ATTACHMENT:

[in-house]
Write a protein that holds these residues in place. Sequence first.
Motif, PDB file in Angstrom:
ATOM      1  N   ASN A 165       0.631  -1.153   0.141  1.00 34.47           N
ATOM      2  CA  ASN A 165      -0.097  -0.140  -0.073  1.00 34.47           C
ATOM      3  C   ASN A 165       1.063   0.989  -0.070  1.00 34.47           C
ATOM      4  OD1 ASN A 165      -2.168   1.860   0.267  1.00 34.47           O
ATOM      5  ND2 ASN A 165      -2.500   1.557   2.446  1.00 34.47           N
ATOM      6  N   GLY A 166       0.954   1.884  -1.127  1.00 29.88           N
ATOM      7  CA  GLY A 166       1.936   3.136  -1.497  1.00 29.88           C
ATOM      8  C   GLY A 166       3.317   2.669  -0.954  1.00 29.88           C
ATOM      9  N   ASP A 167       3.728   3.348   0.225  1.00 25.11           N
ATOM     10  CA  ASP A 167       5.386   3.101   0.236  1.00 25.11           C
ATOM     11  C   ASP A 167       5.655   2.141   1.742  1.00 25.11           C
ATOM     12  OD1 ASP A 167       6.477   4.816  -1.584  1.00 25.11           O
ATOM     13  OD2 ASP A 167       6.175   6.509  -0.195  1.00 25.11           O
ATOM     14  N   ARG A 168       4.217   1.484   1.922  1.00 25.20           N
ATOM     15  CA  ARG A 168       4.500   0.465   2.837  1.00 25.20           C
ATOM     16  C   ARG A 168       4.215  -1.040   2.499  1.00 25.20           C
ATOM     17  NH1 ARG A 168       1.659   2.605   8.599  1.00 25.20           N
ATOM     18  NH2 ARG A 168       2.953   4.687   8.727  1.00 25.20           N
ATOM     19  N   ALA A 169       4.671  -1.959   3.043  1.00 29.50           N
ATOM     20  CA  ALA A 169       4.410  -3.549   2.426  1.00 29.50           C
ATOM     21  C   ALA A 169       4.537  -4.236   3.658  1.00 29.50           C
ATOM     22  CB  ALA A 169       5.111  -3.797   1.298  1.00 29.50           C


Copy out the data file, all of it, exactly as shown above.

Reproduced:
[in-house]
Write a protein that holds these residues in place. Sequence first.
Motif, PDB file in Angstrom:
ATOM      1  N   ASN A 165       0.631  -1.153   0.141  1.00 34.47           N
ATOM      2  CA  ASN A 165      -0.097  -0.140  -0.073  1.00 34.47           C
ATOM      3  C   ASN A 165       1.063   0.989  -0.070  1.00 34.47           C
ATOM      4  OD1 ASN A 165      -2.168   1.860   0.267  1.00 34.47           O
ATOM      5  ND2 ASN A 165      -2.500   1.557   2.446  1.00 34.47           N
ATOM      6  N   GLY A 166       0.954   1.884  -1.127  1.00 29.88           N
ATOM      7  CA  GLY A 166       1.936   3.136  -1.497  1.00 29.88           C
ATOM      8  C   GLY A 166       3.317   2.669  -0.954  1.00 29.88           C
ATOM      9  N   ASP A 167       3.728   3.348   0.225  1.00 25.11           N
ATOM     10  CA  ASP A 167       5.386   3.101   0.236  1.00 25.11           C
ATOM     11  C   ASP A 167       5.655   2.141   1.742  1.00 25.11           C
ATOM     12  OD1 ASP A 167       6.477   4.816  -1.584  1.00 25.11           O
ATOM     13  OD2 ASP A 167       6.175   6.509  -0.195  1.00 25.11           O
ATOM     14  N   ARG A 168       4.217   1.484   1.922  1.00 25.20           N
ATOM     15  CA  ARG A 168       4.500   0.465   2.837  1.00 25.20           C
ATOM     16  C   ARG A 168       4.215  -1.040   2.499  1.00 25.20           C
ATOM     17  NH1 ARG A 168       1.659   2.605   8.599  1.00 25.20           N
ATOM     18  NH2 ARG A 168       2.953   4.687   8.727  1.00 25.20           N
ATOM     19  N   ALA A 169       4.671  -1.959   3.043  1.00 29.50           N
ATOM     20  CA  ALA A 169       4.410  -3.549   2.426  1.00 29.50           C
ATOM     21  C   ALA A 169       4.537  -4.236   3.658  1.00 29.50           C
ATOM     22  CB  ALA A 169       5.111  -3.797   1.298  1.00 29.50           C